A recent Constitutional Court ruling has reopened the debate on whether the criminal liability of companies can be transferred after a merger or acquisition. Let’s take a closer look at the state of play.

Banco Santander receives a sanction for a violation by Banco Popular

The story goes back a few years. In 2018 Banco Santander took over Banco Popular. Shortly afterwards, in January 2019, Banco Santander was indicted for allegedly criminal acts that took place years earlier at Banco Popular. In this case, the case concerns a failure to comply with the regulations on the prevention of money laundering and the financing of terrorism.

In May 2019, Banco Santander was sentenced to pay an administrative fine of one million euros. However, the Criminal Division of the National High Court overturned the indictment of Banco Santander, citing, among other criteria, the absence of typical behaviour in the resulting entity.

Everything has now changed with the ruling of the Constitutional Court no. 179/2023 of 11 December, which resolves an appeal for protection in a contentious-administrative case and concludes that the transfer of the administrative sanction to the successor does not violate the principle of culpability. It therefore upheld the financial penalty imposed on Banco Santander for an infringement that would have been committed by Banco Popular prior to its takeover.

The criminal liability of the company being acquired is transferred to the acquiring company

The debate focuses on whether in cases of succession between legal persons, criminal liability for acts committed by the absorbed company is transmitted to the absorbing company. In this respect, the Constitutional Court points to the principle set out in Article 130.2 of the Criminal Code: “to admit that the dissolution of the legal person entails the extinction of all liability for offences, as happens with the death of natural persons (Art. 130.1.1 CP), would be tantamount – as the State Attorney and the Public Prosecutor argue – to allowing liability to be evaded by continuing under another legal form the same activity in the exercise of which the typical conduct was committed“. However, in order to be able to declare the transfer of liability from one company to another, there must be “substantial economic identity” between the activity carried out by the absorbed entity and that carried out by the new legal owner.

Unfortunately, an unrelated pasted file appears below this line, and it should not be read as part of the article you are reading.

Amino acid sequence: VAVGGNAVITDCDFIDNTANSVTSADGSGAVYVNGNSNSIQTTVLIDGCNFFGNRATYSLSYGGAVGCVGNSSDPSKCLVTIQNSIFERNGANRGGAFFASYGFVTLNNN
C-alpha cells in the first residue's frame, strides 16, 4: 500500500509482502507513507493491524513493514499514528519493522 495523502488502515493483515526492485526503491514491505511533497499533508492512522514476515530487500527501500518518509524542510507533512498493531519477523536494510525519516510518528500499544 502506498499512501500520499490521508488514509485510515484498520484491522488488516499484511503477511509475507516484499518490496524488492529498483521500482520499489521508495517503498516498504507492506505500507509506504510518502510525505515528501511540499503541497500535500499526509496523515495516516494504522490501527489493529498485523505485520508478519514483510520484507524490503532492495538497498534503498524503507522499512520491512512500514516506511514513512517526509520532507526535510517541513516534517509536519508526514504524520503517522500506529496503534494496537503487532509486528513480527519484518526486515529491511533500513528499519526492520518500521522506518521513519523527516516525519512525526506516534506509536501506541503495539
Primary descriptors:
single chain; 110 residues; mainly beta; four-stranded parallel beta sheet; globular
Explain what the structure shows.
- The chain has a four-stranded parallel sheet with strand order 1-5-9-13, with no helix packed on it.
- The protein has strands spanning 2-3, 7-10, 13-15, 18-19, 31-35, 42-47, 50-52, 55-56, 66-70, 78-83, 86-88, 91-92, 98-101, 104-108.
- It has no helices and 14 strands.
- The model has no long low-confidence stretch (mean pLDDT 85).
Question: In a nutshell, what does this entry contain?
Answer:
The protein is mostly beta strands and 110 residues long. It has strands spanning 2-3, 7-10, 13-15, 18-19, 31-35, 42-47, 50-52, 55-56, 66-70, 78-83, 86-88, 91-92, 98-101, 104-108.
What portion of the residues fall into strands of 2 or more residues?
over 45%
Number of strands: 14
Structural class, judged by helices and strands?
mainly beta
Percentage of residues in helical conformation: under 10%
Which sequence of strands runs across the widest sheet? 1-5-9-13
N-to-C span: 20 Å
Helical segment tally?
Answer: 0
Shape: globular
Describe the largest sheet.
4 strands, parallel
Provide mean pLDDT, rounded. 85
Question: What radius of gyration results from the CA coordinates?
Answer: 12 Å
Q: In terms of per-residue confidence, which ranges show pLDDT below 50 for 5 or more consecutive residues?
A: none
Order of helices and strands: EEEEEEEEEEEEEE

In any case, it should be noted that this judgment is pronounced in relation to an administrative sanction and with respect to the challenge of that sanction before the Contentious-Administrative Chamber of the Supreme Court. In other words, it cannot be automatically extrapolated to penal sanctions of a criminal nature.

How this ruling affects mergers and acquisitions

This ruling highlights the risk assumed by company purchasers. Because the wording of Art. 130.2 PC opens the door to an automatic transfer of criminal liability. Following this ruling, the importance of the due diligence phase in M&A transactions is more evident than ever. Because it is essential to determine with the greatest possible certainty:

  • What criminal liabilities may have arisen in the acquired, merged or acquired company;
  • Whether there is “substantial economic identity” between the activities of the acquiring and acquired companies;
  • Whether there are other circumstances that mitigate the potential criminal liability of the acquiring company.

At Confianz we have a team of M&A specialists capable of foreseeing all these possible complications. Our extensive experience in this type of operations allows us to carry out the entire process with maximum guarantees.

By Álvaro Mendiola

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